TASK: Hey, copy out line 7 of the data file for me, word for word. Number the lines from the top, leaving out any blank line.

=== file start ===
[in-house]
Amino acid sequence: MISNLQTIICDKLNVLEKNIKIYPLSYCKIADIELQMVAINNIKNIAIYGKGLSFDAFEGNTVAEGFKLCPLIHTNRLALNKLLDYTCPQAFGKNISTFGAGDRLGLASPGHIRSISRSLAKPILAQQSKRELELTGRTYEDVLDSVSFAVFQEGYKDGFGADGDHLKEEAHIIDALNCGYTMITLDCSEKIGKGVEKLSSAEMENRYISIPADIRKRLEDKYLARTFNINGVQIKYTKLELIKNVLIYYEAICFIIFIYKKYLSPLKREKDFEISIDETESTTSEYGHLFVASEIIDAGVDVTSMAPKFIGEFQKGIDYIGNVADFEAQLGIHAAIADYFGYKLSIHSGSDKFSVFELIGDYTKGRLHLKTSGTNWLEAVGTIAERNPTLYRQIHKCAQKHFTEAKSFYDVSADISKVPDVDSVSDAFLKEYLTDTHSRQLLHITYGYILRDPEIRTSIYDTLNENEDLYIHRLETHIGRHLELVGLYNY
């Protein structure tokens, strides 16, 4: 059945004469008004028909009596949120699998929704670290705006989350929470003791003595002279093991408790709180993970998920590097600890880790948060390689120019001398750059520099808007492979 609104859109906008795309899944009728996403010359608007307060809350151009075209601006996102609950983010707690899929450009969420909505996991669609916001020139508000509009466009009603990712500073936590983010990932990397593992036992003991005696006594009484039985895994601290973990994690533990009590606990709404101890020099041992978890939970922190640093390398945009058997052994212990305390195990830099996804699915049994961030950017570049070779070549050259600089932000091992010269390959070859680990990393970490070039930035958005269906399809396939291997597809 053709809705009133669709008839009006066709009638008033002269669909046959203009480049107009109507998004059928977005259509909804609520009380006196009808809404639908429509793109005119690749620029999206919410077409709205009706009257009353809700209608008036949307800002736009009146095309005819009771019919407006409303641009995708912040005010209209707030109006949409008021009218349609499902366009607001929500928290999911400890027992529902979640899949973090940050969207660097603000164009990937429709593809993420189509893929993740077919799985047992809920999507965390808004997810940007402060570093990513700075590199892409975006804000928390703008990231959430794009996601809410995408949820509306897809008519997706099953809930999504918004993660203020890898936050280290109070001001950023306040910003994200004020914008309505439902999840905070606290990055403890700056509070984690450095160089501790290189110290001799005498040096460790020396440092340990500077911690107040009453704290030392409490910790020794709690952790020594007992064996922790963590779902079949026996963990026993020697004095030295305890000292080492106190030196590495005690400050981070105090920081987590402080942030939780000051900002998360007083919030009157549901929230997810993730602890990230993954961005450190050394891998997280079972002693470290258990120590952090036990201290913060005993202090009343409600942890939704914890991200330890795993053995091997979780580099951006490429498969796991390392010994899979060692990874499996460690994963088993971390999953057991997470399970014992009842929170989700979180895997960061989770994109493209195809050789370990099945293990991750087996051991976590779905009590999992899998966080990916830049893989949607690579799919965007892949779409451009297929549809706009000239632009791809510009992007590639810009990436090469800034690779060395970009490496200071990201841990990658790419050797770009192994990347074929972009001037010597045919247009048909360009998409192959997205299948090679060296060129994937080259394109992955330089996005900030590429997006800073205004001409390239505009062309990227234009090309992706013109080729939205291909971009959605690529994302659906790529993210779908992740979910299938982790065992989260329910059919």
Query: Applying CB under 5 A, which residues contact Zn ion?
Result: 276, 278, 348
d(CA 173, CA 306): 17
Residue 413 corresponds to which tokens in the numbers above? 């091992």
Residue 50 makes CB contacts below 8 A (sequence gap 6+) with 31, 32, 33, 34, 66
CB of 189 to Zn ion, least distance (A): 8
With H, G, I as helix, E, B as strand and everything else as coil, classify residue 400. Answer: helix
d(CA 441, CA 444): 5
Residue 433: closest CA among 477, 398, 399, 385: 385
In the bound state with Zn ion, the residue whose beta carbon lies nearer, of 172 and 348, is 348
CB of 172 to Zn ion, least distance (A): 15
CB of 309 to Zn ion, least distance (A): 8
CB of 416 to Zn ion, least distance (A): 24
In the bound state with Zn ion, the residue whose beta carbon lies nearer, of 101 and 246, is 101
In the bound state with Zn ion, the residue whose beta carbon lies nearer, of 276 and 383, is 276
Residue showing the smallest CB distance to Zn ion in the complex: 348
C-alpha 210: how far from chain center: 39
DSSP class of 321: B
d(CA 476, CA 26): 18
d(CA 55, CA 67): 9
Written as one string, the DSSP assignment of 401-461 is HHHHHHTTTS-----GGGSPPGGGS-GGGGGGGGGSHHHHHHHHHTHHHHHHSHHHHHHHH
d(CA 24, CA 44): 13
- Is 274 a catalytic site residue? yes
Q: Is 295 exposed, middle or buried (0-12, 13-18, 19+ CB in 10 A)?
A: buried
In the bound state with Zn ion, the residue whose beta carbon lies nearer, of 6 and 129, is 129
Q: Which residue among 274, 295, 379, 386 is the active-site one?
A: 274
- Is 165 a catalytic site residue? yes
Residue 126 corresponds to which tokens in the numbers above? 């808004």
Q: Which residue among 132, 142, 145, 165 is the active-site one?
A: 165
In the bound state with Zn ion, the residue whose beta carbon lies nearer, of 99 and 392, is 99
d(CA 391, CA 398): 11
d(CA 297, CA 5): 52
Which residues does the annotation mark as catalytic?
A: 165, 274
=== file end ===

Residue 413 corresponds to which tokens in the numbers above? 């091992």